Thursday, July 29, 2021

Tailgate: Dutch Road Rage

Remember when your gruff driver’s ed. teacher told you to “drive defensively?” That was good advice. Dutch father Hans does not follow it, even though he has his whole family in the car. As a result, he inspires homicidal road rage from a serial killer in Lodewijk Crijns’ Tailgate, which releases theatrically and digitally tomorrow.

Hans is pretty frazzled by his nagging wife Diana and bratty young daughters Milou and Robine. He is also less than thrilled to be going to lunch with his scoldy mother and his mildly dementia-suffering father. Hans is spoiling or a fight, so when “Ed the Exterminator” takes exception to his tailgating at a rest stop, the frazzled father refuses to apologize or back down.

Unbeknownst to Hans, Ed is experienced at running people off the road and he is fully loaded with pesticide that is toxic to humans. The psychopath isn’t squeamish when it comes to menacing the kids along with the adults, but he rather annoyingly persists in lecturing them on their poor parenting (which admittedly seems to be somewhat valid), in between his acts of violence.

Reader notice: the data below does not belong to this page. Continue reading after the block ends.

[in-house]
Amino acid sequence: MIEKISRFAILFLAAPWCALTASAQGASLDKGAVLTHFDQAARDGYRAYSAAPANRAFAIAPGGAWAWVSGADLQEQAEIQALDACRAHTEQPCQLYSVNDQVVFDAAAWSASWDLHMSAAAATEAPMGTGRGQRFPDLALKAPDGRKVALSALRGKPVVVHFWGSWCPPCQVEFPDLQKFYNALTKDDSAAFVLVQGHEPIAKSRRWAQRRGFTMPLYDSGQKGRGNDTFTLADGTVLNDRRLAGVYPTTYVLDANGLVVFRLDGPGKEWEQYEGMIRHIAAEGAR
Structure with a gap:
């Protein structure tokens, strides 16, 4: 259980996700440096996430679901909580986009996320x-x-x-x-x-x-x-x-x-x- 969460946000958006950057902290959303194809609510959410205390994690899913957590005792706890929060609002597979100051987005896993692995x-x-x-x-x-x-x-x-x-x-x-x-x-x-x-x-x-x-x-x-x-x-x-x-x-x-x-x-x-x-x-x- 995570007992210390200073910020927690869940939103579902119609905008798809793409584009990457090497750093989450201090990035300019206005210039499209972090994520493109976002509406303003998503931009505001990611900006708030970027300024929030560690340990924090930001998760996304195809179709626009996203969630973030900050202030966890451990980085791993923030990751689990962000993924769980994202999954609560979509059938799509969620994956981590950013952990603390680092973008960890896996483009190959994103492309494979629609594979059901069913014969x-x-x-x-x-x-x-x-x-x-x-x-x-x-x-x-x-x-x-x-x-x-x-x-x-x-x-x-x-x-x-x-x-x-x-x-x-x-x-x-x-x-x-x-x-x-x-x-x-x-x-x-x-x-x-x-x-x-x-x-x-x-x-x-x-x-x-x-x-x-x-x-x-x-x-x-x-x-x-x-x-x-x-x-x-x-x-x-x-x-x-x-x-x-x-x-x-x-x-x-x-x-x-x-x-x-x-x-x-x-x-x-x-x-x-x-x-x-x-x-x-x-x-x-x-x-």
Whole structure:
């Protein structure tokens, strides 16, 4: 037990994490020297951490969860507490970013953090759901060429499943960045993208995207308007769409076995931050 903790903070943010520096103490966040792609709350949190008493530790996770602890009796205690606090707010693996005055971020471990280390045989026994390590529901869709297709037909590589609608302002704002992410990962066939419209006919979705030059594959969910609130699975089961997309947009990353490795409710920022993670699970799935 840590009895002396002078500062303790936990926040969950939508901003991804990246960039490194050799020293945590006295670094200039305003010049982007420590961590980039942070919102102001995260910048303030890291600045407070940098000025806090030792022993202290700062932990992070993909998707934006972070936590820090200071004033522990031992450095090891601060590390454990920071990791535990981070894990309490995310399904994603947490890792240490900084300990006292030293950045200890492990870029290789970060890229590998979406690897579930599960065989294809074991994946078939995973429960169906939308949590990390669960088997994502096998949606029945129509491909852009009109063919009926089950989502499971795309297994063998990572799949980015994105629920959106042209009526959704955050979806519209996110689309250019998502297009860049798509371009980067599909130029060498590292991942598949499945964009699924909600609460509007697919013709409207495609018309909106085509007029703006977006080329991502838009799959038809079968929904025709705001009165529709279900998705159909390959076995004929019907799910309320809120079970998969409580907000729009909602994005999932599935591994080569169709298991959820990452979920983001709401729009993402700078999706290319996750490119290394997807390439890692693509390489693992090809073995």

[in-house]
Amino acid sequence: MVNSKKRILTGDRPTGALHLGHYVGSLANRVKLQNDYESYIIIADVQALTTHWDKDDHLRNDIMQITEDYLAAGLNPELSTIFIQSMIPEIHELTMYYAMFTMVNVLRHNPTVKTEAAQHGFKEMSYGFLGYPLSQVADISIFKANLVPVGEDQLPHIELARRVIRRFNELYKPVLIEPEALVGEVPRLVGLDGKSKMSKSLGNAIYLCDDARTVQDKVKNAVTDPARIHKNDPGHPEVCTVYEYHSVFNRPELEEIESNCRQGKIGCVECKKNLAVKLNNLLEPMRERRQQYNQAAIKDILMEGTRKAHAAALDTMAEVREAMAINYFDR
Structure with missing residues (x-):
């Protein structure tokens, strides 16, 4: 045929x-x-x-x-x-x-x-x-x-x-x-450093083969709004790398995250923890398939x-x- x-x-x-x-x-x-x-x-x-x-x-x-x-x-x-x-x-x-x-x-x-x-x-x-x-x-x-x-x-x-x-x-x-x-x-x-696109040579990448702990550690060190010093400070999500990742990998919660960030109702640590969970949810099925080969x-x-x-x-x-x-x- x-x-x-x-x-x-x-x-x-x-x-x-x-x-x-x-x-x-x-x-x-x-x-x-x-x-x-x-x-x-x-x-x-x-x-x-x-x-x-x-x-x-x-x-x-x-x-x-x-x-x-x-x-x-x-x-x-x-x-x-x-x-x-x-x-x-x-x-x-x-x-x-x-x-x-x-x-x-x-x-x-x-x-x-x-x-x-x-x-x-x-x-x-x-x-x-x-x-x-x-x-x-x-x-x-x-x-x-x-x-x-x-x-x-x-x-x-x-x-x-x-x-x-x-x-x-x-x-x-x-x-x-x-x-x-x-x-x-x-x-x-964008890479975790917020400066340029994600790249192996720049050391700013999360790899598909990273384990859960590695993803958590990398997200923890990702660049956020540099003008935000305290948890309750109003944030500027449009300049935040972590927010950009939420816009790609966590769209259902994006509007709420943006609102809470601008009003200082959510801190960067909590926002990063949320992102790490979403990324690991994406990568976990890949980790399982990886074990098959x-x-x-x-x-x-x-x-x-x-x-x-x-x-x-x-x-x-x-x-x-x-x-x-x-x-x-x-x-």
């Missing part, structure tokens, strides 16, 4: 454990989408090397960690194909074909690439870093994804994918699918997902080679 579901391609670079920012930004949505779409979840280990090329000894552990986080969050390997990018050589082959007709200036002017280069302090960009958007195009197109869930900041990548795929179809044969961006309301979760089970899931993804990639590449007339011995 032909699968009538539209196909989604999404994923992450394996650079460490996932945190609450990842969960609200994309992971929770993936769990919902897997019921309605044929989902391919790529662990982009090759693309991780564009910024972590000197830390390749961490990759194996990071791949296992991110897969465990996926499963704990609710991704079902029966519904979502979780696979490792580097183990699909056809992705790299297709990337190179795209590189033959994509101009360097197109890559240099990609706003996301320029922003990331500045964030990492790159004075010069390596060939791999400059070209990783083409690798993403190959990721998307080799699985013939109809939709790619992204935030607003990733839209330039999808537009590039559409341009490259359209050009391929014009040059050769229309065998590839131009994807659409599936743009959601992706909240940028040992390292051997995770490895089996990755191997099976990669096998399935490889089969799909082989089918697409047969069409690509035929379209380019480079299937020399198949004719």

The prospect of watching an innocent family getting terrorized is not so appetizing, so Crijns tries to balance the heat with acid by making Hans abrasively obnoxious. Unfortunately, that just makes the film thoroughly unpleasant, in nearly every way.

Arguably, Jeroen Spitzenberger is quite effective as Hans, because he makes viewers want to kill him too. The same is true to a lesser degree for Anniek Pheifer as Diana. You would think the serial killer stalking them would stop the dysfunctional couple from bickering for ten seconds, but apparently not. On the other hand, Willem de Wolf is credibly hulking, but problematically nondescript as the killer.

Frustratingly, much of Crijns’ screenplay hinges on Hans and Diana being too panicked to think straight or handle simple tasks, like placing 911 calls. That might realistic in theory, but it gets repetitive, contrived, and tiresome in practice.

is so mean-spirited and nihilistic, it just couldn’t end soon enough. There is nothing fun about the film, and it isn’t stylistically distinctive. Not recommended, Tailgate releases tomorrow (7/30) in real and virtual theaters, as well as on VOD platforms.